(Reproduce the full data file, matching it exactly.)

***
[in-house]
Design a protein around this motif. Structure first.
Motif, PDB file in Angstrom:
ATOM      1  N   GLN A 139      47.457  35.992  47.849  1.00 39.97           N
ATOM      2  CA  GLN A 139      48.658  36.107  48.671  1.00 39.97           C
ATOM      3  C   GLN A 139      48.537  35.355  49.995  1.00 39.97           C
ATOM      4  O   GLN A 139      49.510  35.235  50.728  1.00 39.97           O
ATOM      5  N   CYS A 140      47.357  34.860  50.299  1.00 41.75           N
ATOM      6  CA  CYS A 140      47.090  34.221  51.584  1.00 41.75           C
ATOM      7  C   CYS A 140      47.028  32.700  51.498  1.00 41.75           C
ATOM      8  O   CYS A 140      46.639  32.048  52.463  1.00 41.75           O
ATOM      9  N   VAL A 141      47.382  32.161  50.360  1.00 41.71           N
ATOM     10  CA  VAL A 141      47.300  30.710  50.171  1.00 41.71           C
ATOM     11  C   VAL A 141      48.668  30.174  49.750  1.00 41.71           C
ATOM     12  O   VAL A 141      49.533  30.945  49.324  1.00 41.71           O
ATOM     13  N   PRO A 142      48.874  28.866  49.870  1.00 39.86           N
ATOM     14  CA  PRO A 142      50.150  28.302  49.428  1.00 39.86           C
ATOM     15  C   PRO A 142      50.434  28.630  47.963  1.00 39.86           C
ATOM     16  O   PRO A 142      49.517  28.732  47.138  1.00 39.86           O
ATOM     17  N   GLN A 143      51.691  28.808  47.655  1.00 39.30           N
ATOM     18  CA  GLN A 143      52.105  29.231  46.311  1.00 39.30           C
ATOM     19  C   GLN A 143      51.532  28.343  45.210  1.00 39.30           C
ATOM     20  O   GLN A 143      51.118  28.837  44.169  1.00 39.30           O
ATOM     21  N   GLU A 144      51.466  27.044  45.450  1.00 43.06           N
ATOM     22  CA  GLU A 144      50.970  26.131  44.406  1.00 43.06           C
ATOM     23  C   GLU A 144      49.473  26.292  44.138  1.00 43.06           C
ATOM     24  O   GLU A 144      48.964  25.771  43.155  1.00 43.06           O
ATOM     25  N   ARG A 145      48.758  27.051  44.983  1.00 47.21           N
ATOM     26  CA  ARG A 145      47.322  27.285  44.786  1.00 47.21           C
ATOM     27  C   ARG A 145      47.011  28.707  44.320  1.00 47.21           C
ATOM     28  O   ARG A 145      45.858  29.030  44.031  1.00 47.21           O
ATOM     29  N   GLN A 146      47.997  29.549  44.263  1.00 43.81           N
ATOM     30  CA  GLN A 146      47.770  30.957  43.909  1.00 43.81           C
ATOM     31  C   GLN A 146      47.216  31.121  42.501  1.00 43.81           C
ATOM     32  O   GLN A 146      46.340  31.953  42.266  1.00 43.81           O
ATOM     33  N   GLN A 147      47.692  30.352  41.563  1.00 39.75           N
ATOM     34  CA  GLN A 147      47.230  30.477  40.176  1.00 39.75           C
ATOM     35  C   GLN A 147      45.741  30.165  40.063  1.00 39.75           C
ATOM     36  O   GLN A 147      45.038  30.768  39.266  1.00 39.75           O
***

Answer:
[in-house]
Design a protein around this motif. Structure first.
Motif, PDB file in Angstrom:
ATOM      1  N   GLN A 139      47.457  35.992  47.849  1.00 39.97           N
ATOM      2  CA  GLN A 139      48.658  36.107  48.671  1.00 39.97           C
ATOM      3  C   GLN A 139      48.537  35.355  49.995  1.00 39.97           C
ATOM      4  O   GLN A 139      49.510  35.235  50.728  1.00 39.97           O
ATOM      5  N   CYS A 140      47.357  34.860  50.299  1.00 41.75           N
ATOM      6  CA  CYS A 140      47.090  34.221  51.584  1.00 41.75           C
ATOM      7  C   CYS A 140      47.028  32.700  51.498  1.00 41.75           C
ATOM      8  O   CYS A 140      46.639  32.048  52.463  1.00 41.75           O
ATOM      9  N   VAL A 141      47.382  32.161  50.360  1.00 41.71           N
ATOM     10  CA  VAL A 141      47.300  30.710  50.171  1.00 41.71           C
ATOM     11  C   VAL A 141      48.668  30.174  49.750  1.00 41.71           C
ATOM     12  O   VAL A 141      49.533  30.945  49.324  1.00 41.71           O
ATOM     13  N   PRO A 142      48.874  28.866  49.870  1.00 39.86           N
ATOM     14  CA  PRO A 142      50.150  28.302  49.428  1.00 39.86           C
ATOM     15  C   PRO A 142      50.434  28.630  47.963  1.00 39.86           C
ATOM     16  O   PRO A 142      49.517  28.732  47.138  1.00 39.86           O
ATOM     17  N   GLN A 143      51.691  28.808  47.655  1.00 39.30           N
ATOM     18  CA  GLN A 143      52.105  29.231  46.311  1.00 39.30           C
ATOM     19  C   GLN A 143      51.532  28.343  45.210  1.00 39.30           C
ATOM     20  O   GLN A 143      51.118  28.837  44.169  1.00 39.30           O
ATOM     21  N   GLU A 144      51.466  27.044  45.450  1.00 43.06           N
ATOM     22  CA  GLU A 144      50.970  26.131  44.406  1.00 43.06           C
ATOM     23  C   GLU A 144      49.473  26.292  44.138  1.00 43.06           C
ATOM     24  O   GLU A 144      48.964  25.771  43.155  1.00 43.06           O
ATOM     25  N   ARG A 145      48.758  27.051  44.983  1.00 47.21           N
ATOM     26  CA  ARG A 145      47.322  27.285  44.786  1.00 47.21           C
ATOM     27  C   ARG A 145      47.011  28.707  44.320  1.00 47.21           C
ATOM     28  O   ARG A 145      45.858  29.030  44.031  1.00 47.21           O
ATOM     29  N   GLN A 146      47.997  29.549  44.263  1.00 43.81           N
ATOM     30  CA  GLN A 146      47.770  30.957  43.909  1.00 43.81           C
ATOM     31  C   GLN A 146      47.216  31.121  42.501  1.00 43.81           C
ATOM     32  O   GLN A 146      46.340  31.953  42.266  1.00 43.81           O
ATOM     33  N   GLN A 147      47.692  30.352  41.563  1.00 39.75           N
ATOM     34  CA  GLN A 147      47.230  30.477  40.176  1.00 39.75           C
ATOM     35  C   GLN A 147      45.741  30.165  40.063  1.00 39.75           C
ATOM     36  O   GLN A 147      45.038  30.768  39.266  1.00 39.75           O